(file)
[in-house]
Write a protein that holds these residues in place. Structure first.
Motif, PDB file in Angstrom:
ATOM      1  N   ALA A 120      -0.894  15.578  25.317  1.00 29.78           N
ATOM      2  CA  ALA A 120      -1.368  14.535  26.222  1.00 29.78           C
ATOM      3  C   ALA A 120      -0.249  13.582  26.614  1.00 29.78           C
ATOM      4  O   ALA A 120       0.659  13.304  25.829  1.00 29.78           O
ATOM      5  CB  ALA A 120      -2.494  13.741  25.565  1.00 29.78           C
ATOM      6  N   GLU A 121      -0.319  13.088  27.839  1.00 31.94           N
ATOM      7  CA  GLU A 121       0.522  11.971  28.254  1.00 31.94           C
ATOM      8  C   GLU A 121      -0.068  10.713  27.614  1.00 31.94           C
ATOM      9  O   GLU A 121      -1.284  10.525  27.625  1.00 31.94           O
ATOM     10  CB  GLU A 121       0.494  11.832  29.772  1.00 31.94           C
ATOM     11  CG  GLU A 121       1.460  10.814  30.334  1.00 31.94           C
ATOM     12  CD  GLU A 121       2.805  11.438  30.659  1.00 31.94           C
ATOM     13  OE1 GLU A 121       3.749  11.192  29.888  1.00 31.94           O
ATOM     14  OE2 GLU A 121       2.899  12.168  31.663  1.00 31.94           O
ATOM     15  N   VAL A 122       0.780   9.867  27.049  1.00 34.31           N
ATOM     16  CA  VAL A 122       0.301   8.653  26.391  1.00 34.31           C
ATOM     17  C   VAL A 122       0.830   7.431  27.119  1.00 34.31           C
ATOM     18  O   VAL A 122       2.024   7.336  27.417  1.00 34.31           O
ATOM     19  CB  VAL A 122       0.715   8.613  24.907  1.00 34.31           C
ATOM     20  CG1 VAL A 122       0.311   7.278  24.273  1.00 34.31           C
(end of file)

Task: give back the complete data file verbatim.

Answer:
[in-house]
Write a protein that holds these residues in place. Structure first.
Motif, PDB file in Angstrom:
ATOM      1  N   ALA A 120      -0.894  15.578  25.317  1.00 29.78           N
ATOM      2  CA  ALA A 120      -1.368  14.535  26.222  1.00 29.78           C
ATOM      3  C   ALA A 120      -0.249  13.582  26.614  1.00 29.78           C
ATOM      4  O   ALA A 120       0.659  13.304  25.829  1.00 29.78           O
ATOM      5  CB  ALA A 120      -2.494  13.741  25.565  1.00 29.78           C
ATOM      6  N   GLU A 121      -0.319  13.088  27.839  1.00 31.94           N
ATOM      7  CA  GLU A 121       0.522  11.971  28.254  1.00 31.94           C
ATOM      8  C   GLU A 121      -0.068  10.713  27.614  1.00 31.94           C
ATOM      9  O   GLU A 121      -1.284  10.525  27.625  1.00 31.94           O
ATOM     10  CB  GLU A 121       0.494  11.832  29.772  1.00 31.94           C
ATOM     11  CG  GLU A 121       1.460  10.814  30.334  1.00 31.94           C
ATOM     12  CD  GLU A 121       2.805  11.438  30.659  1.00 31.94           C
ATOM     13  OE1 GLU A 121       3.749  11.192  29.888  1.00 31.94           O
ATOM     14  OE2 GLU A 121       2.899  12.168  31.663  1.00 31.94           O
ATOM     15  N   VAL A 122       0.780   9.867  27.049  1.00 34.31           N
ATOM     16  CA  VAL A 122       0.301   8.653  26.391  1.00 34.31           C
ATOM     17  C   VAL A 122       0.830   7.431  27.119  1.00 34.31           C
ATOM     18  O   VAL A 122       2.024   7.336  27.417  1.00 34.31           O
ATOM     19  CB  VAL A 122       0.715   8.613  24.907  1.00 34.31           C
ATOM     20  CG1 VAL A 122       0.311   7.278  24.273  1.00 34.31           C